I’ve explained, at length, why you can’t use intuitive eating for weight loss. But what I don’t talk about often is intuitive eating weight gain. While the set point theory means that intuitive eating can help you find a comfortable weight, it’s true that some people gain weight with intuitive eating. And while that’s absolutely OK — the ultimate goal is body acceptance and neutral feelings about that weight gain — it’s understandable that some people might feel uneasy about that weight gain, given our extremely fatphobic culture and our societal belief that thinness is best.
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It’s true that when you start intuitive eating, you might gain weight.
Years ago, I interviewed intuitive eating co-creator Evelyn Tribole for a story. I asked her what she says when people ask her whether they’ll gain weight when they start intuitive eating. I’ll never forget her response. “I can’t tell you what your body is going to do,” she said. That’s the truth.
Intuitive eating looks different for everyone. It’s all about listening to your unique body and meeting its unique needs. And, everyone has a different history with food. Some people come to intuitive eating after years of extreme restriction. Others come to it after being stuck in the binge-restrict cycle. If your body has been in a state of restriction, maybe even malnourishment, for a long time, it makes sense that you might gain weight when you start eating enough food.
That “enough” piece is so important — it’s never a bad thing to feed your body enough. Meeting your needs is a good thing. Food sustains you. Getting adequate nutrients keeps you healthy. Eating what you want ends food obsession and lets you think about other things. If you gain weight when you start intuitive eating, that might mean you weren’t eating enough before.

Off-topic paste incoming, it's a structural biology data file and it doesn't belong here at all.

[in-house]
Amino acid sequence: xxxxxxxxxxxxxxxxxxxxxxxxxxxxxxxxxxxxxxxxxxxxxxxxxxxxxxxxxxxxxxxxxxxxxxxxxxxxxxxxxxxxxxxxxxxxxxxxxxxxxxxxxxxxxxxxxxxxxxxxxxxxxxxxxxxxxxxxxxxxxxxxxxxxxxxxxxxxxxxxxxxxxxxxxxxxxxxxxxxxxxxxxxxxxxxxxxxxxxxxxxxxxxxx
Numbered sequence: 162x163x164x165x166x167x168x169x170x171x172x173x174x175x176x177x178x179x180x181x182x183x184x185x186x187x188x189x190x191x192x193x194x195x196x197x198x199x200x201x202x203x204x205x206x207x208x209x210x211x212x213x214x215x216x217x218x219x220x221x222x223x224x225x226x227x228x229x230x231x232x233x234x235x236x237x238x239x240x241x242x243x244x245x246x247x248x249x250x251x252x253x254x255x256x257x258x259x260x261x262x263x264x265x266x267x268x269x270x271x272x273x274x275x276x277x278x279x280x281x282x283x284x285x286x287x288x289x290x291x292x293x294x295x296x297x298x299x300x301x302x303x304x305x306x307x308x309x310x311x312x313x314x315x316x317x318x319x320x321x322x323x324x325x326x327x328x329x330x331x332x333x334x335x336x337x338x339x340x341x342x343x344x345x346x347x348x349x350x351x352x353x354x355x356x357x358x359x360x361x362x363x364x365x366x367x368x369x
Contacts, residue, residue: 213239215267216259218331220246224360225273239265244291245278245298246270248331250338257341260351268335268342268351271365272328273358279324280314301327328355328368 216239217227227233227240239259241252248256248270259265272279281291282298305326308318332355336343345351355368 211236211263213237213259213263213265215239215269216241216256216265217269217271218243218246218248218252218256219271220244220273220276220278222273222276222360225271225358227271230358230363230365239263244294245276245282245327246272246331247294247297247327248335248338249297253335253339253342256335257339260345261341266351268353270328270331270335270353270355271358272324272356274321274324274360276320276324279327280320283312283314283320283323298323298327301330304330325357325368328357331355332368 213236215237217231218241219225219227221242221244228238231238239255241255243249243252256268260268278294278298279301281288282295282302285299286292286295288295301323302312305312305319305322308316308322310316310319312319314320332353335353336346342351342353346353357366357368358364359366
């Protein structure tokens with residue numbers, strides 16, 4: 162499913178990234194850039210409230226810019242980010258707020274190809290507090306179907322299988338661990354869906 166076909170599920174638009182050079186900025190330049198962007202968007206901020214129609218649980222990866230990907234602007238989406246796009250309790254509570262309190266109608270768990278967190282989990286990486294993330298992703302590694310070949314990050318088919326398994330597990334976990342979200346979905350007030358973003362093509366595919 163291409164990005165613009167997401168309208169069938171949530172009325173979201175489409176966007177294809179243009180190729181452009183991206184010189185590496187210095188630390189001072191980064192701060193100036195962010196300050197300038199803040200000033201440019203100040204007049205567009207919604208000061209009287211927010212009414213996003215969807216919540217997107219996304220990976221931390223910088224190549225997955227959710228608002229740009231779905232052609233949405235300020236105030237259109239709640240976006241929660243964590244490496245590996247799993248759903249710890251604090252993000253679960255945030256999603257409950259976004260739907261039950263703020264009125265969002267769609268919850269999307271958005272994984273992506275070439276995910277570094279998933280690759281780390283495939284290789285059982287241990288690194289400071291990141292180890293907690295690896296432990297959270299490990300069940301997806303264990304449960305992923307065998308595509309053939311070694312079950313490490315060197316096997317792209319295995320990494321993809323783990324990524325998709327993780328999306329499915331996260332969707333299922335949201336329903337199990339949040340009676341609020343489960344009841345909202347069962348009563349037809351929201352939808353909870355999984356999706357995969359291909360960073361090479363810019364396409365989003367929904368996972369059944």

Plus, gaining weight isn’t inherently unhealthy, just like losing weight isn’t inherently healthy. Fat bodies aren’t inherently unhealthy, and thin bodies aren’t inherently healthy. There’s nothing inherently bad about gaining weight.
Working towards body neutrality isn’t always easy
All this said, it’s understandable that you might panic over weight gain. Our culture is so incredibly fatphobic and obsessed with thinness. Stepping outside these lines might feel wrong. And indeed, fat people are often treated worse than thin people, so your fear of being judged is valid. Plus, things like not fitting into your clothes or feeling your thighs chafe might make you physically uncomfortable. If you’re trying to accept your weight gain but can’t shake negative feelings, that’s nothing to feel bad about. Again, it’s hard-wired into us to panic when our bodies get bigger.
But, working towards body acceptance or body neutrality is hugely important in intuitive eating, whether you gain weight, lose weight, or maintain your weight. It’s only when you stop trying to control your weight (and stop tying your value as a person to what your body looks like) that you can truly heal your relationship with food.
This piece, Body Acceptance Begin With Grieving the Thin Ideal by Meredith Noble, is required reading for anyone struggling to accept their body and their weight.
Body acceptance isn’t easy, and it’s a process. But it’s possible. Here’s more on what body acceptance is, why it’s important, and how to take steps towards it.
You might gain some weight at first, then settle into a weight that your body can maintain.